CDFW News – Caltrans and Fish And Wildlife Urge Motorists To Be Alert During Watch Out For Wildlife Week.
Caltrans and the California Department of Fish and Wildlife (CDFW) remind motorists to remain alert for wildlife on roadways during Watch Out for Wildlife Week, which runs September 18-24.
“We urge motorists to remain alert and be cautious when traveling through wildlife areas, so our roadways will remain as safe as possible,” said Caltrans Director Malcolm Dougherty. “Drivers can really make a difference in avoiding wildlife collisions, simply by being aware while driving and watching for wildlife crossing signs.”
According to Defenders of Wildlife, a national nonprofit organization dedicated to protecting native species and their natural communities, there are 725,000 to 1.5 million wildlife-vehicle collisions in the U.S. every year, resulting in more than 200 human fatalities. In California, between eight and 10 drivers and as many as 20,000 deer die in wildlife-vehicle collisions each year.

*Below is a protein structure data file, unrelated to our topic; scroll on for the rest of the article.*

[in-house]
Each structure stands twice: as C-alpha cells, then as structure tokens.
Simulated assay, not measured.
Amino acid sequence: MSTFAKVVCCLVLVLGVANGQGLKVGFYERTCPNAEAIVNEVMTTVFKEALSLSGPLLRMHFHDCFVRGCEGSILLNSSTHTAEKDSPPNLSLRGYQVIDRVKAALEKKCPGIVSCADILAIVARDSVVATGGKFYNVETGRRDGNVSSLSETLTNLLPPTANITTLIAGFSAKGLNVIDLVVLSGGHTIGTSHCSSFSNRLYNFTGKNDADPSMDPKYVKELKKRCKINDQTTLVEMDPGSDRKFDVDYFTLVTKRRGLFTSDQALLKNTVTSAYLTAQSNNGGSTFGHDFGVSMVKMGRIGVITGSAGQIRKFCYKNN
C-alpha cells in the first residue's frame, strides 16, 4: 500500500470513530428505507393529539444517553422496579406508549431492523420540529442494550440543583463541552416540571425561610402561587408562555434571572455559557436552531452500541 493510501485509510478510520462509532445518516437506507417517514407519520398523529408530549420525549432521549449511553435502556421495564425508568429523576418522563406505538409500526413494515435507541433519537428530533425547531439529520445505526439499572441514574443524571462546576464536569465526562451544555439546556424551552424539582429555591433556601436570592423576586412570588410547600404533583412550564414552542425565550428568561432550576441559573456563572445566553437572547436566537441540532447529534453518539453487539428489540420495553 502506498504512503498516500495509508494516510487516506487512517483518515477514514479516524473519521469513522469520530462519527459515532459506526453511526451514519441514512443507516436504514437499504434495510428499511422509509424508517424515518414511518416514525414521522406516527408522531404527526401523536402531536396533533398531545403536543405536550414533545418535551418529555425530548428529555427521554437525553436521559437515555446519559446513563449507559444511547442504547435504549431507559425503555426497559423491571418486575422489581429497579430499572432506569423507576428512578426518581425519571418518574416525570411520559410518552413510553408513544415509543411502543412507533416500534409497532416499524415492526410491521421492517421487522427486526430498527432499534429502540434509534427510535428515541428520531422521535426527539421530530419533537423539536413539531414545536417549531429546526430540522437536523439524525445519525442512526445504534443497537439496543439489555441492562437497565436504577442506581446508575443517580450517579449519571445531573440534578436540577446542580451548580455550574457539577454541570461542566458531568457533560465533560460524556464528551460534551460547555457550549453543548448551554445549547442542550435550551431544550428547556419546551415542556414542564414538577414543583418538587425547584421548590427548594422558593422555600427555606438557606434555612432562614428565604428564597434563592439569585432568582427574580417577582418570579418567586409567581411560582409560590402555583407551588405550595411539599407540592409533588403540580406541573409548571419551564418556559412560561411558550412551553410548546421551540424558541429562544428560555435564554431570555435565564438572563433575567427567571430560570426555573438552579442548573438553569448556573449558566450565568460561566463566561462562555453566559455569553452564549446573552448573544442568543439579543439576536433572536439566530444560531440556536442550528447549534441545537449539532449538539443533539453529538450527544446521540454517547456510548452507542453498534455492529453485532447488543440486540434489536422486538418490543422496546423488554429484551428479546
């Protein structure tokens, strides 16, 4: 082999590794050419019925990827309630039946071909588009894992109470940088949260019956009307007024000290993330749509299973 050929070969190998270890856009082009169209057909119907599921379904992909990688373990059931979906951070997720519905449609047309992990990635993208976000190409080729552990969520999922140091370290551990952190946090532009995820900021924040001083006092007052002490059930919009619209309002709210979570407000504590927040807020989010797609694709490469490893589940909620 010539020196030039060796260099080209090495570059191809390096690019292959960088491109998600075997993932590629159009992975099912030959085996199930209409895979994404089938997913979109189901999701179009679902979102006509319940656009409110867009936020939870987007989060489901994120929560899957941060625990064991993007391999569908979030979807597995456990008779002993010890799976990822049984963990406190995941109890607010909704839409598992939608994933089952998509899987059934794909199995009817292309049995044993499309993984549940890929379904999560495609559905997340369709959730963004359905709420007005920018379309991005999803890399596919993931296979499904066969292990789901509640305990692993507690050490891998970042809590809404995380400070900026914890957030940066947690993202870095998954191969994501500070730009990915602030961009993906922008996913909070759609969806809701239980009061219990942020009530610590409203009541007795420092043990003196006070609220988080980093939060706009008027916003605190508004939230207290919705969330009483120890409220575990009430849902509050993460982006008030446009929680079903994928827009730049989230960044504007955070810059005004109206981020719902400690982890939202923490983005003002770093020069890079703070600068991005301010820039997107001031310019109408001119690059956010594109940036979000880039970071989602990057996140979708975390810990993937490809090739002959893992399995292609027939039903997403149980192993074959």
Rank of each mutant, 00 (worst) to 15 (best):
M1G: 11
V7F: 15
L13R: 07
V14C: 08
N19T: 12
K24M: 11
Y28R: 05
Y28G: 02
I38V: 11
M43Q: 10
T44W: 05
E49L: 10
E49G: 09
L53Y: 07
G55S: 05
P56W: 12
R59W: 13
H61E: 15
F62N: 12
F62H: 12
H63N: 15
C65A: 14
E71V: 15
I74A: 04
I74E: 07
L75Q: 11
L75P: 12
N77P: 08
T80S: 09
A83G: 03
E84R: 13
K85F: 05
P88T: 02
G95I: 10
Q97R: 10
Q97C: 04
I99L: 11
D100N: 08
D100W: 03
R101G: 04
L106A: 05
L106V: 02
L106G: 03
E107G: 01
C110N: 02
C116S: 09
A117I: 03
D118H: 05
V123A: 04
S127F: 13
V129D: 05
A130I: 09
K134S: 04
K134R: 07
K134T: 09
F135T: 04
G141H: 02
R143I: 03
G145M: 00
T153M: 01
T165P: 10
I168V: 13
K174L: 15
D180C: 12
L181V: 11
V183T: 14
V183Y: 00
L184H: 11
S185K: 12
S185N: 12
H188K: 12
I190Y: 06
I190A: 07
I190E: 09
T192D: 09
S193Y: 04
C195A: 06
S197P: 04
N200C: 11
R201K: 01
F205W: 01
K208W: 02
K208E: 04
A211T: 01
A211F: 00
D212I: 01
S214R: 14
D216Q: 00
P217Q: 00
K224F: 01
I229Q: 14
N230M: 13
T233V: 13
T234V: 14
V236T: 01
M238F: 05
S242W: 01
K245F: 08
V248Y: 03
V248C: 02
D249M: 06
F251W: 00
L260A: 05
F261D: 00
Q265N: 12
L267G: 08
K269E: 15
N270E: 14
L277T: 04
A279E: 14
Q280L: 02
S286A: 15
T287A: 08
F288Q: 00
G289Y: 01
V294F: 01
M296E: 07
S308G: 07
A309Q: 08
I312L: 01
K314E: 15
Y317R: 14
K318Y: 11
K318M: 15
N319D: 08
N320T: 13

“Between now and December, deer and other wildlife are highly susceptible to vehicle collisions,” said Marc Kenyon, CDFW’s Human-Wildlife Conflict Program Manager. “Deer will soon start their annual migrations to winter range, bucks will be preoccupied competing for mates, and bears will be searching for food in preparation for hibernation. Such natural behaviors can lead these animals into the way of unsuspecting drivers. Drivers can prevent collisions with animals by being careful and paying attention.”
The Watch Out for Wildlife campaign is supported by Caltrans, CDFW, Defenders of Wildlife and the Road Ecology Center at the University of California, Davis.
Wildlife experts from these organizations offer the following tips for motorists:
Be especially alert when driving in areas frequented by wildlife, and reduce your speed so you can react safely.